Citation and full-text link: Jude CD, Jude BA. Powerful Soil: Utilizing Microbial Fuel Cell Construction and Design in an Introductory Biology Course. J Microbiol Biol Educ. 2015 Dec 1;16(2):286-8. doi: 10.1128/jmbe.v16i2.934. eCollection 2015 Dec.
The rise of antibiotic resistance found in microbial pathogens was driven by the use and misuse of antibiotics in modern medicine and agriculture. However, the extent to which antibiotic pollution impacted microbial communities found in soil and remote environments is unclear. Using a metagenomic approach to investigate microbes found in the Canadian high Arctic, Dr. Perron and colleagues found common microbial pathogens resistant to multiple antibiotics among these remote Arctic microbial communities. Dr. Perron’s team also showed that although antibiotic-resistant bacteria were also found in 5,000 years old permafrost soils, these bacteria did not show resistance profiles normally associated with infection.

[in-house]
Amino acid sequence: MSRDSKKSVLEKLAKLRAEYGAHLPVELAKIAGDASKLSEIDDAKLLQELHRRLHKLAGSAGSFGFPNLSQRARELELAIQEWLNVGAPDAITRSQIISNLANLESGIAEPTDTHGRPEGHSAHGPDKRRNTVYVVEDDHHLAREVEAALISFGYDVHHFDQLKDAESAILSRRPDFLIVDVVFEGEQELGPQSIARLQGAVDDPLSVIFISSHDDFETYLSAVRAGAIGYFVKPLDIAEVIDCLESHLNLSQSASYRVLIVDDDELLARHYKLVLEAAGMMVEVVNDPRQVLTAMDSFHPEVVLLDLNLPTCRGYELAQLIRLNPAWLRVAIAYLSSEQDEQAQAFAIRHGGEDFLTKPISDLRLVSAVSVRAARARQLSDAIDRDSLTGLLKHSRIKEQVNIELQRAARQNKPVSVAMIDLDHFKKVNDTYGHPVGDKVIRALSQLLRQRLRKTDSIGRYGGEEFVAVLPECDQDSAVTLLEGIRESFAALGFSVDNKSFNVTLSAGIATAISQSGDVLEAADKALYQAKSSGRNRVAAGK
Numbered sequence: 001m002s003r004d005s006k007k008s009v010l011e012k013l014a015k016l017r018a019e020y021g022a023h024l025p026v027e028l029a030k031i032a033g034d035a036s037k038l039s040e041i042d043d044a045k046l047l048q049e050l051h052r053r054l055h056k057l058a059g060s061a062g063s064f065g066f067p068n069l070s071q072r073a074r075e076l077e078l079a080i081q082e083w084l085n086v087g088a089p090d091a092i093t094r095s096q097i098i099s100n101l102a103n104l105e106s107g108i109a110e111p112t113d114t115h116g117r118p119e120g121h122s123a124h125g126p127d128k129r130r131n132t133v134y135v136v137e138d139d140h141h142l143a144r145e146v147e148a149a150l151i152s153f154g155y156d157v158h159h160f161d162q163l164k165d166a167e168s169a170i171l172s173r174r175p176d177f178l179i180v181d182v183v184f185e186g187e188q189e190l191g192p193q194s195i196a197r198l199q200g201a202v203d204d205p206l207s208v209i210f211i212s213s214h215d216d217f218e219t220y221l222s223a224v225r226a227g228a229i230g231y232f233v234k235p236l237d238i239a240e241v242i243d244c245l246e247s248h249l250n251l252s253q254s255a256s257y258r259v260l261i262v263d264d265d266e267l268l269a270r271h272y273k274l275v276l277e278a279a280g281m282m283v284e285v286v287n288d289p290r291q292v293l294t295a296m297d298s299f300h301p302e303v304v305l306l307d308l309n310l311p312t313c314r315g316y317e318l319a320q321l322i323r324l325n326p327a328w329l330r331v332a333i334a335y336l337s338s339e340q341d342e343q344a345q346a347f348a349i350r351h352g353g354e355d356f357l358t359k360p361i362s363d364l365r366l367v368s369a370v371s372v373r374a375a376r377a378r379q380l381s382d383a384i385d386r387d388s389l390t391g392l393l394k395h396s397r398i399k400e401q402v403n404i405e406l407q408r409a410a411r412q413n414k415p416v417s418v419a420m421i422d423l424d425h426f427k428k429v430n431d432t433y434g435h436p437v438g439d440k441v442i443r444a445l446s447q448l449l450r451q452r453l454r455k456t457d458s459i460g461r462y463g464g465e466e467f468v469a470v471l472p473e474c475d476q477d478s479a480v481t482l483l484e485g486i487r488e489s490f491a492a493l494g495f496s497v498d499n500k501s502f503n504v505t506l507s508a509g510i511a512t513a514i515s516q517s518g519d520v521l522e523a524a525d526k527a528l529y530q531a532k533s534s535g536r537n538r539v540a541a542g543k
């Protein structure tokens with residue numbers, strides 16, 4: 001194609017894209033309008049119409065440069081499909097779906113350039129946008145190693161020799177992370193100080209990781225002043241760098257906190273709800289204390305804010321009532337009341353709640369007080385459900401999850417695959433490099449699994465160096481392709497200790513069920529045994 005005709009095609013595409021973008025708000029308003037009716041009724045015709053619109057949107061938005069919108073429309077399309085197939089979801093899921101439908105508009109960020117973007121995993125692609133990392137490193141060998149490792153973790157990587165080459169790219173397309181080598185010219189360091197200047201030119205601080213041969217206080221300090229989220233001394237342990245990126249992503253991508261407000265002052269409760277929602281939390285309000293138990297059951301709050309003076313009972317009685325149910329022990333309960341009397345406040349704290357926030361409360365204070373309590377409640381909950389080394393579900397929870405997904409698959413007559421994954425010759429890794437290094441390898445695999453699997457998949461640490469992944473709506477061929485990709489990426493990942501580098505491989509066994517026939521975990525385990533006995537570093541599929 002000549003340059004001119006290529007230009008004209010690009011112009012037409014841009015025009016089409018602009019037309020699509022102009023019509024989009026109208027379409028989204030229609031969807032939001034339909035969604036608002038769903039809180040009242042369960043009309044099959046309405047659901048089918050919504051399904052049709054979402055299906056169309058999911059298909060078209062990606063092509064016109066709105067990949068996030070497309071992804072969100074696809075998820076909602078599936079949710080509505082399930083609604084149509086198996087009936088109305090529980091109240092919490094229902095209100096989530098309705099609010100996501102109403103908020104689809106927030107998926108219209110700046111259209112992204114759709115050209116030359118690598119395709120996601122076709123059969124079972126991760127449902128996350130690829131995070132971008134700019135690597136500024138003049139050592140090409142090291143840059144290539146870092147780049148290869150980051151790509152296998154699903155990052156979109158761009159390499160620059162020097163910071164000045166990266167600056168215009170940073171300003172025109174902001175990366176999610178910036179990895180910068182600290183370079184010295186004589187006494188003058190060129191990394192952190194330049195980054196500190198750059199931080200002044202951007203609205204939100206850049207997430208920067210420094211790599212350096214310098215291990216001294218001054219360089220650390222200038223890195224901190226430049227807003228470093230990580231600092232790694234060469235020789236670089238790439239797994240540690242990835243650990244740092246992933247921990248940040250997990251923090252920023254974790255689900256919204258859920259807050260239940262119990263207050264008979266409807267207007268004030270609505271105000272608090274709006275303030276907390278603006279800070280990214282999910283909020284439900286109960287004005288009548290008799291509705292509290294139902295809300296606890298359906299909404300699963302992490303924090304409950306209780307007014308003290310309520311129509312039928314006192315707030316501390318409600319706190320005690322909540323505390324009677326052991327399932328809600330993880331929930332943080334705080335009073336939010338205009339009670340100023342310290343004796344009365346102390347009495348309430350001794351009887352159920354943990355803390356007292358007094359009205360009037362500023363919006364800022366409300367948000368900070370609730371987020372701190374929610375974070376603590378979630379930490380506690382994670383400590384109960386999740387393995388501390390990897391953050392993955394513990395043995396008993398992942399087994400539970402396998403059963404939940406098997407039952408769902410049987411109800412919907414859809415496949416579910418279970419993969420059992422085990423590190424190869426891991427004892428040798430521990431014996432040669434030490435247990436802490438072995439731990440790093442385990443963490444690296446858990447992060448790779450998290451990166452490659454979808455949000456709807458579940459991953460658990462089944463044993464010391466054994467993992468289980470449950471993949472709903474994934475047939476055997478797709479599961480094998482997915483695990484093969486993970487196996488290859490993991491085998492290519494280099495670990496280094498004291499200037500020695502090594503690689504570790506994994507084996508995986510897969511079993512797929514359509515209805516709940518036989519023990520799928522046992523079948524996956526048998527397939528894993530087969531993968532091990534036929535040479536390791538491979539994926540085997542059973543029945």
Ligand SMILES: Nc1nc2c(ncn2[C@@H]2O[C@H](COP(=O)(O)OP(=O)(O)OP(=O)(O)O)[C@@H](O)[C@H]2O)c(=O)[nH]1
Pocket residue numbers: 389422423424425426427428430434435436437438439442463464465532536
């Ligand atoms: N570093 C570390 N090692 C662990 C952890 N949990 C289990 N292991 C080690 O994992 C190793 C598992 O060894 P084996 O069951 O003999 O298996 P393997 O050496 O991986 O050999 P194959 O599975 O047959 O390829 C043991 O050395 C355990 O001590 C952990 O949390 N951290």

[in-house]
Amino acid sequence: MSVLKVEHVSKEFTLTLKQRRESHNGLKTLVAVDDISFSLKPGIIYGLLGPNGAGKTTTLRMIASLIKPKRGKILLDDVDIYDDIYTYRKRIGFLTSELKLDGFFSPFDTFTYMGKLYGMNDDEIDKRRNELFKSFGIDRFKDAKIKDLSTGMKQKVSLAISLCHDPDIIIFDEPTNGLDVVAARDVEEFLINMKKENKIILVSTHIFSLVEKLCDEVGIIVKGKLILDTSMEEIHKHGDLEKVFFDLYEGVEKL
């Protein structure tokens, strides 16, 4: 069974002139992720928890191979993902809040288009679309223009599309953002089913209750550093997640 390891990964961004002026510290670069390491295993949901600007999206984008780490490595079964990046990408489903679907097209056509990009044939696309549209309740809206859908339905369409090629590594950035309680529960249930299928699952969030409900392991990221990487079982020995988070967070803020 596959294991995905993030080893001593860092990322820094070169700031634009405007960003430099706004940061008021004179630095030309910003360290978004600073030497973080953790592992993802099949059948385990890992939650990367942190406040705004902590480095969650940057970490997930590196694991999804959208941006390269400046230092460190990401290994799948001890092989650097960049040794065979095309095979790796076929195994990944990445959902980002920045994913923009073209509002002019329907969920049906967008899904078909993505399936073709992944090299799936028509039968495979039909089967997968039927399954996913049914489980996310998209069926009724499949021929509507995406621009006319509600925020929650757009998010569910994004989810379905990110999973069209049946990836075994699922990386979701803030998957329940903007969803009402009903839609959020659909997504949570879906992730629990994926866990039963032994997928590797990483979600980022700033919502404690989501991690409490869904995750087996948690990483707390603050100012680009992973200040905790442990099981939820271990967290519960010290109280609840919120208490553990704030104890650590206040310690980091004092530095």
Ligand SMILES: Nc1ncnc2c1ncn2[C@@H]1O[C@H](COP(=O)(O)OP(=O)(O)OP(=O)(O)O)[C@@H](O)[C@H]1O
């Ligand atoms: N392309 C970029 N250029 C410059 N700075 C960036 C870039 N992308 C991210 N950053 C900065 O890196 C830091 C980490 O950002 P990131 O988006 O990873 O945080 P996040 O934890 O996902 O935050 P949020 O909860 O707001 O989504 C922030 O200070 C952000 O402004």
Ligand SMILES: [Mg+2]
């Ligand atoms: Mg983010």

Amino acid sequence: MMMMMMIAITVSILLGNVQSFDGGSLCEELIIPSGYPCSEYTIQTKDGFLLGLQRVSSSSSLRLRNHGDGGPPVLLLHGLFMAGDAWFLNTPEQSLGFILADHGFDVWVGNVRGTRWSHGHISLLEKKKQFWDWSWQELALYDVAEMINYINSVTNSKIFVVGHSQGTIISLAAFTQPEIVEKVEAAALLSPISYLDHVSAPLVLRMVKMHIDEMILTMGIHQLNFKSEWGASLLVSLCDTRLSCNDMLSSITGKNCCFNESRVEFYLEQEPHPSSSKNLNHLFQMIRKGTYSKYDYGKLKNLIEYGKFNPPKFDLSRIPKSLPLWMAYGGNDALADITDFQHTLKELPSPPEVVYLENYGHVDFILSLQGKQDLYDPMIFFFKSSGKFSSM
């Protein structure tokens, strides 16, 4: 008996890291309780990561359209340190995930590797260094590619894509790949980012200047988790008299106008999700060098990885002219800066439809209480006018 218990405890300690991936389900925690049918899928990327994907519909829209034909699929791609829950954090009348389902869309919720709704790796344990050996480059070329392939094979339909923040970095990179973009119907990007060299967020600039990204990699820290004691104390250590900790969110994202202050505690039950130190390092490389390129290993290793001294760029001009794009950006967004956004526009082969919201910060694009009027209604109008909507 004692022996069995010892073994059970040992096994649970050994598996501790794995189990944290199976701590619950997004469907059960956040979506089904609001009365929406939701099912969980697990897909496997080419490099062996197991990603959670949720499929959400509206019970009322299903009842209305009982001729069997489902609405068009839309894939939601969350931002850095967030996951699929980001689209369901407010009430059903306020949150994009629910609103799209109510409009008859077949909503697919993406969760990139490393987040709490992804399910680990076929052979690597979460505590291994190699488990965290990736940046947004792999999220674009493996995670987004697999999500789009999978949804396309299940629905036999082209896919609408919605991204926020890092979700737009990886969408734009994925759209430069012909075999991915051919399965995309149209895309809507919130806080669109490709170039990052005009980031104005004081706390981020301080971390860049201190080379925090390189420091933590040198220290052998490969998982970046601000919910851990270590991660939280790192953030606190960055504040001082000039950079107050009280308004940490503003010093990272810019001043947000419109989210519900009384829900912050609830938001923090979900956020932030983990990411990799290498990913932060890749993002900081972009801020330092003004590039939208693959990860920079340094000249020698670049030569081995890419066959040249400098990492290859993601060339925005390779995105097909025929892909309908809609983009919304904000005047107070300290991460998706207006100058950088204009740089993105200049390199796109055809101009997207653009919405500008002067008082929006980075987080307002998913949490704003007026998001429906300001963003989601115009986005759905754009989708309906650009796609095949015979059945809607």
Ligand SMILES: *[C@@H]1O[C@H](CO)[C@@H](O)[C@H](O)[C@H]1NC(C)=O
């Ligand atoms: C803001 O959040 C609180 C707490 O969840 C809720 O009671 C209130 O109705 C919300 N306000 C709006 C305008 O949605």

Citation: Perron GG, Whyte L, Turnbaugh PJ, Goordial J, Hanage WP, Dantas G, & Desai MM. (2015). Functional characterization of bacteria isolated from ancient Arctic soil exposes diverse resistance mechanisms to modern antibiotics. PLoS ONE. 10: e0069533